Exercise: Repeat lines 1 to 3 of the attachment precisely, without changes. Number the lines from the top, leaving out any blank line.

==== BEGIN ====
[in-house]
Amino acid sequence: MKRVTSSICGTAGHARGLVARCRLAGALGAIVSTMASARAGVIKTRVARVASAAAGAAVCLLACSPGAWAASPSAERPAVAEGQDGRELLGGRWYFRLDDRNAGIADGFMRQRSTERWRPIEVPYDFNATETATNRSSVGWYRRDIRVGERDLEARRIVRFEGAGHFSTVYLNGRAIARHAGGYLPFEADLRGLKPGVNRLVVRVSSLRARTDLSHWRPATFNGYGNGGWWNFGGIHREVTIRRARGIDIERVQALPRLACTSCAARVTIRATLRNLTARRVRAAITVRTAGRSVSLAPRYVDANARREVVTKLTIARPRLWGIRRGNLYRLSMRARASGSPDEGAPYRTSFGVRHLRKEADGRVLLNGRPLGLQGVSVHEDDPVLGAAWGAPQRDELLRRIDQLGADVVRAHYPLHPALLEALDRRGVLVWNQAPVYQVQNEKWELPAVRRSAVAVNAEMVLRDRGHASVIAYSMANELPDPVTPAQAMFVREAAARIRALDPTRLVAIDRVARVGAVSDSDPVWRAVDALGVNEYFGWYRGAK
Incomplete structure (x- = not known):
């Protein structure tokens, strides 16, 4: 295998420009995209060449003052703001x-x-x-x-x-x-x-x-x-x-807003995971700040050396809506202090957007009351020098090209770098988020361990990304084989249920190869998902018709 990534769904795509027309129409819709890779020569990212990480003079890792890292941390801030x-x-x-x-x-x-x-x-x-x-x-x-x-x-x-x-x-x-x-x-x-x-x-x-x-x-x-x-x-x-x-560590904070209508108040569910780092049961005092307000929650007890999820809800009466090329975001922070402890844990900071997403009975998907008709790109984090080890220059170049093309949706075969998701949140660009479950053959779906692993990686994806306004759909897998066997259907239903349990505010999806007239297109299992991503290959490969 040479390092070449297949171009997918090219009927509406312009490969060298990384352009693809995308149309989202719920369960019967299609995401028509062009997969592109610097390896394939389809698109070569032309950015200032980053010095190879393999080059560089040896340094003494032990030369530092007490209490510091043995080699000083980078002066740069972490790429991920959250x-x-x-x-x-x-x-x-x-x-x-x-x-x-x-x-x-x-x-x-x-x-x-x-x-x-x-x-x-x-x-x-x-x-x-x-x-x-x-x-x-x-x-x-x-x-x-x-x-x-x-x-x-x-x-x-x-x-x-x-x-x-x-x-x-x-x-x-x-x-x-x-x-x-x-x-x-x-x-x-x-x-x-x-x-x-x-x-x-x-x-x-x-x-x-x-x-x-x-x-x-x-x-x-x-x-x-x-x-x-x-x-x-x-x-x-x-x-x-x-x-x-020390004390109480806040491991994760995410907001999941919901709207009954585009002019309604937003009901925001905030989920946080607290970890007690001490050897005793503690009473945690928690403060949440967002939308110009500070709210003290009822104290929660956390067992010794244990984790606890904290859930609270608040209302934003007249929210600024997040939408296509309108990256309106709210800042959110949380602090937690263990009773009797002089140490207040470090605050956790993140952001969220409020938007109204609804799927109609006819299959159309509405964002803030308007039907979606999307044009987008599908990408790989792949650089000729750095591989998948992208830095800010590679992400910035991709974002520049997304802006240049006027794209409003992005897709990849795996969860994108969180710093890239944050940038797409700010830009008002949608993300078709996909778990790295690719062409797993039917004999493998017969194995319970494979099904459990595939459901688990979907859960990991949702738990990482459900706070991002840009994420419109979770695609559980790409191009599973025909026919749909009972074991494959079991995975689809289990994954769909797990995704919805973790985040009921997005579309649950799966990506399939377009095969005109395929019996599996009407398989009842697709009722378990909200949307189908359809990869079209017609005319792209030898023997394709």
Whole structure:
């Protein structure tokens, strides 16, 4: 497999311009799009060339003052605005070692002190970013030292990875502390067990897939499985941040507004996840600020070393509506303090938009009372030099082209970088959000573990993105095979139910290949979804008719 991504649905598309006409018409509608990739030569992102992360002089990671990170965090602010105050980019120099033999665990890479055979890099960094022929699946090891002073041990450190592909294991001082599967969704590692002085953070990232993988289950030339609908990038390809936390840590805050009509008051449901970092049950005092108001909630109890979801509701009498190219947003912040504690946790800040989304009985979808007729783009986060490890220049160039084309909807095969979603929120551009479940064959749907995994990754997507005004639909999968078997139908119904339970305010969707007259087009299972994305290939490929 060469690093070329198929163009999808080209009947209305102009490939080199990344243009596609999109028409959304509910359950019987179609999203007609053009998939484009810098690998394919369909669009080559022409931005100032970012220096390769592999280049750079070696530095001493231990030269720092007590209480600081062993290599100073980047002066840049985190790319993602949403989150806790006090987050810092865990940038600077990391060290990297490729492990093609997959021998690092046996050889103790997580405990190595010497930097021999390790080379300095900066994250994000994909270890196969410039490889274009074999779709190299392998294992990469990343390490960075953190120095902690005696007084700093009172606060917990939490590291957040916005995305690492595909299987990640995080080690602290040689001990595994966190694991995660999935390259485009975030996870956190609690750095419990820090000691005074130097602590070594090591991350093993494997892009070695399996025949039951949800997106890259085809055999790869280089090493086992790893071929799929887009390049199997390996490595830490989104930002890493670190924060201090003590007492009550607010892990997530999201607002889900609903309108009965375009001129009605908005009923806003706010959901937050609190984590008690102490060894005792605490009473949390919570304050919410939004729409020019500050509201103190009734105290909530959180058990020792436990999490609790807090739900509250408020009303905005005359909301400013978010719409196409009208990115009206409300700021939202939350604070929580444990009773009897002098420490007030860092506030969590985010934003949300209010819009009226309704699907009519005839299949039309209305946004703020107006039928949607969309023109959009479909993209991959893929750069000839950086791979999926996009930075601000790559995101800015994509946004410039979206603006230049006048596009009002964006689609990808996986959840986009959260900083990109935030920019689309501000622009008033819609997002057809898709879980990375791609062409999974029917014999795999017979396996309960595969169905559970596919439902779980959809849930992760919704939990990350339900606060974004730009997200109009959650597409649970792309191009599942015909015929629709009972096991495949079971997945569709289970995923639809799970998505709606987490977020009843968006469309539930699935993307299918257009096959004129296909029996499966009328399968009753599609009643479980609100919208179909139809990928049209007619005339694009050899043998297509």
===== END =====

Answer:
[in-house]
Amino acid sequence: MKRVTSSICGTAGHARGLVARCRLAGALGAIVSTMASARAGVIKTRVARVASAAAGAAVCLLACSPGAWAASPSAERPAVAEGQDGRELLGGRWYFRLDDRNAGIADGFMRQRSTERWRPIEVPYDFNATETATNRSSVGWYRRDIRVGERDLEARRIVRFEGAGHFSTVYLNGRAIARHAGGYLPFEADLRGLKPGVNRLVVRVSSLRARTDLSHWRPATFNGYGNGGWWNFGGIHREVTIRRARGIDIERVQALPRLACTSCAARVTIRATLRNLTARRVRAAITVRTAGRSVSLAPRYVDANARREVVTKLTIARPRLWGIRRGNLYRLSMRARASGSPDEGAPYRTSFGVRHLRKEADGRVLLNGRPLGLQGVSVHEDDPVLGAAWGAPQRDELLRRIDQLGADVVRAHYPLHPALLEALDRRGVLVWNQAPVYQVQNEKWELPAVRRSAVAVNAEMVLRDRGHASVIAYSMANELPDPVTPAQAMFVREAAARIRALDPTRLVAIDRVARVGAVSDSDPVWRAVDALGVNEYFGWYRGAK
Incomplete structure (x- = not known):